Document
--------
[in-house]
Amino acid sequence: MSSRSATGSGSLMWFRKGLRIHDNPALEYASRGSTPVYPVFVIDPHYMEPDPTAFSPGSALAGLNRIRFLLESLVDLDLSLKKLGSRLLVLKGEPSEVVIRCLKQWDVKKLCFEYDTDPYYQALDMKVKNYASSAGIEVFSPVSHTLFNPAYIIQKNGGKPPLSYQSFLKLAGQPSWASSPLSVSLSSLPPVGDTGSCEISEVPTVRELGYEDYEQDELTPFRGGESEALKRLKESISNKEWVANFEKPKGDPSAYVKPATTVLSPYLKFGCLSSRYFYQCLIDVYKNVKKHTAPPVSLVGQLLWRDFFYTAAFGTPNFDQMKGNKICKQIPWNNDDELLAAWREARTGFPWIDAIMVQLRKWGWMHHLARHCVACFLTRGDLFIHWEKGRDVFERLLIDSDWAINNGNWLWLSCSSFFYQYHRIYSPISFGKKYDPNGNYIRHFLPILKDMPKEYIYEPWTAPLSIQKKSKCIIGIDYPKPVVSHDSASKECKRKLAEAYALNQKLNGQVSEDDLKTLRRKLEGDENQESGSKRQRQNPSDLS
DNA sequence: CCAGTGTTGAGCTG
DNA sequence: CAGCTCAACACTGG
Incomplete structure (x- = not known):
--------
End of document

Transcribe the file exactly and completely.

[in-house]
Amino acid sequence: MSSRSATGSGSLMWFRKGLRIHDNPALEYASRGSTPVYPVFVIDPHYMEPDPTAFSPGSALAGLNRIRFLLESLVDLDLSLKKLGSRLLVLKGEPSEVVIRCLKQWDVKKLCFEYDTDPYYQALDMKVKNYASSAGIEVFSPVSHTLFNPAYIIQKNGGKPPLSYQSFLKLAGQPSWASSPLSVSLSSLPPVGDTGSCEISEVPTVRELGYEDYEQDELTPFRGGESEALKRLKESISNKEWVANFEKPKGDPSAYVKPATTVLSPYLKFGCLSSRYFYQCLIDVYKNVKKHTAPPVSLVGQLLWRDFFYTAAFGTPNFDQMKGNKICKQIPWNNDDELLAAWREARTGFPWIDAIMVQLRKWGWMHHLARHCVACFLTRGDLFIHWEKGRDVFERLLIDSDWAINNGNWLWLSCSSFFYQYHRIYSPISFGKKYDPNGNYIRHFLPILKDMPKEYIYEPWTAPLSIQKKSKCIIGIDYPKPVVSHDSASKECKRKLAEAYALNQKLNGQVSEDDLKTLRRKLEGDENQESGSKRQRQNPSDLS
DNA sequence: CCAGTGTTGAGCTG
DNA sequence: CAGCTCAACACTGG
Incomplete structure (x- = not known):